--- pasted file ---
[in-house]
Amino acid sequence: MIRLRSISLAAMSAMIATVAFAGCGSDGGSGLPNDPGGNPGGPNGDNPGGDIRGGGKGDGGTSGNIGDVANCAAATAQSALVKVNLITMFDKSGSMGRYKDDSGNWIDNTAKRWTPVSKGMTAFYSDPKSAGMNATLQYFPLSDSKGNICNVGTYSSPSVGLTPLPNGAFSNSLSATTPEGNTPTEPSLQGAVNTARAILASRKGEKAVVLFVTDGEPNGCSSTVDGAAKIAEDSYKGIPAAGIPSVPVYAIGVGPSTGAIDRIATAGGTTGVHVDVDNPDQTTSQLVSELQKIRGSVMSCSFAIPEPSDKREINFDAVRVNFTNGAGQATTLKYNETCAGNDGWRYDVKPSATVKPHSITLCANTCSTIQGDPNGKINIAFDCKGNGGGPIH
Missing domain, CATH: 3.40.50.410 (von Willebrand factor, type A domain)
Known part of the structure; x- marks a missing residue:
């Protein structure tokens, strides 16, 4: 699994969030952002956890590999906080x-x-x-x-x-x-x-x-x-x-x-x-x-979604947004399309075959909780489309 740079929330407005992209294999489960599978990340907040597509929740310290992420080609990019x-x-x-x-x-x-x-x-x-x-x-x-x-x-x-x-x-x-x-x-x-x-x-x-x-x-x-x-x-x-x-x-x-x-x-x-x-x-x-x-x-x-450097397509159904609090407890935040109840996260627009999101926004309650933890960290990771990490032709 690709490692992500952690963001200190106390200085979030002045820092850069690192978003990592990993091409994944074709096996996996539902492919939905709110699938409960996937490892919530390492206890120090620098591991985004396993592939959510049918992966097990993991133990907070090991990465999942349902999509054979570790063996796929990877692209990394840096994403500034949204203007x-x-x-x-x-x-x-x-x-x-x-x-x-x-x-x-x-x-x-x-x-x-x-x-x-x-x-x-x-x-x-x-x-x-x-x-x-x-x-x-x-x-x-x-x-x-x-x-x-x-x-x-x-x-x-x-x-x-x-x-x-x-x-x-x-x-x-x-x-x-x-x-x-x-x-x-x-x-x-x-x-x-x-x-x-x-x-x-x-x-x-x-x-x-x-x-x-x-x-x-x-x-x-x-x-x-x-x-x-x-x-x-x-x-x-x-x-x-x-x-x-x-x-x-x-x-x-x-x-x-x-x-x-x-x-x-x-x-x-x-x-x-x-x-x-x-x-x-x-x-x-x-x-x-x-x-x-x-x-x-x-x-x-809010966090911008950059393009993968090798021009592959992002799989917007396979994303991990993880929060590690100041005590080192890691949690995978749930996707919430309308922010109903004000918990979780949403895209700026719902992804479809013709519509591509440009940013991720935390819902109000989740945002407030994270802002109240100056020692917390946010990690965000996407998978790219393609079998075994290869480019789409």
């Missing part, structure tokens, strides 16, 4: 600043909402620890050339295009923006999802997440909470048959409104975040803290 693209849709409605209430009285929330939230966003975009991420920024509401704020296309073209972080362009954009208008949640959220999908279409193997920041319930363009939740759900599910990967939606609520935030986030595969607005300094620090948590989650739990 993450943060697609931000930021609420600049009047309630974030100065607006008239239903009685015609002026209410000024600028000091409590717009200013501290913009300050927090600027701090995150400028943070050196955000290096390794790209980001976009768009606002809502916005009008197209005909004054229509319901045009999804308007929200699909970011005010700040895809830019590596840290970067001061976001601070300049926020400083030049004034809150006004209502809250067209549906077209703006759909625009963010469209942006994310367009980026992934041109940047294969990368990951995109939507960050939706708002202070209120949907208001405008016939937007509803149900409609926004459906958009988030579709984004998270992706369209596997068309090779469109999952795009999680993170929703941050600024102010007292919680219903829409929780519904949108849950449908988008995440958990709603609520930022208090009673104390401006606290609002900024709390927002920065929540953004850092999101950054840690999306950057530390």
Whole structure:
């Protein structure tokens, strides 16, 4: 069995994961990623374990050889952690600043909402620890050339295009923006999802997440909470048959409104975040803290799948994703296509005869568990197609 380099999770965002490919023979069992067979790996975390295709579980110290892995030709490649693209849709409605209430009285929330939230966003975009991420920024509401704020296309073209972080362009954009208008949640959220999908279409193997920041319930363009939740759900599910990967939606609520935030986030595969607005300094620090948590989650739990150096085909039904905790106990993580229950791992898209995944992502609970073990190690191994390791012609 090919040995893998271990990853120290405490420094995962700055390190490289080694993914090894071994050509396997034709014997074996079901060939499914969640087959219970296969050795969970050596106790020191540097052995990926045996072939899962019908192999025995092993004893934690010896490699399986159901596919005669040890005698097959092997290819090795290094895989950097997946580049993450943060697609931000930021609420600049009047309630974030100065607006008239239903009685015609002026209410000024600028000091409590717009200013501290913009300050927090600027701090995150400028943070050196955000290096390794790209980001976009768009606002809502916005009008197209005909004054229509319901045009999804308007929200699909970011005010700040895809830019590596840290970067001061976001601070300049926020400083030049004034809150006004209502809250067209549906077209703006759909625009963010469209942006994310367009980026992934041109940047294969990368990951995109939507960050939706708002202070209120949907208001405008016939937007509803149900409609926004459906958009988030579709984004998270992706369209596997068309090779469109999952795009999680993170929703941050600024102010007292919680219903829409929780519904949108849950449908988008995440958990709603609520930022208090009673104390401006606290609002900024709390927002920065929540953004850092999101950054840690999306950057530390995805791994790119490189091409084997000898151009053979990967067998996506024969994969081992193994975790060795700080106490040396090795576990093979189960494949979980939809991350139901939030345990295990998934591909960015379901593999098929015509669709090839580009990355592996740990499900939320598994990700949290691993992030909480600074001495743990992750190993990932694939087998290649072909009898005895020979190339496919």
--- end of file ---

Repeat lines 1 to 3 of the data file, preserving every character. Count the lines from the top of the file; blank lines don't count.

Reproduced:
[in-house]
Amino acid sequence: MIRLRSISLAAMSAMIATVAFAGCGSDGGSGLPNDPGGNPGGPNGDNPGGDIRGGGKGDGGTSGNIGDVANCAAATAQSALVKVNLITMFDKSGSMGRYKDDSGNWIDNTAKRWTPVSKGMTAFYSDPKSAGMNATLQYFPLSDSKGNICNVGTYSSPSVGLTPLPNGAFSNSLSATTPEGNTPTEPSLQGAVNTARAILASRKGEKAVVLFVTDGEPNGCSSTVDGAAKIAEDSYKGIPAAGIPSVPVYAIGVGPSTGAIDRIATAGGTTGVHVDVDNPDQTTSQLVSELQKIRGSVMSCSFAIPEPSDKREINFDAVRVNFTNGAGQATTLKYNETCAGNDGWRYDVKPSATVKPHSITLCANTCSTIQGDPNGKINIAFDCKGNGGGPIH
Missing domain, CATH: 3.40.50.410 (von Willebrand factor, type A domain)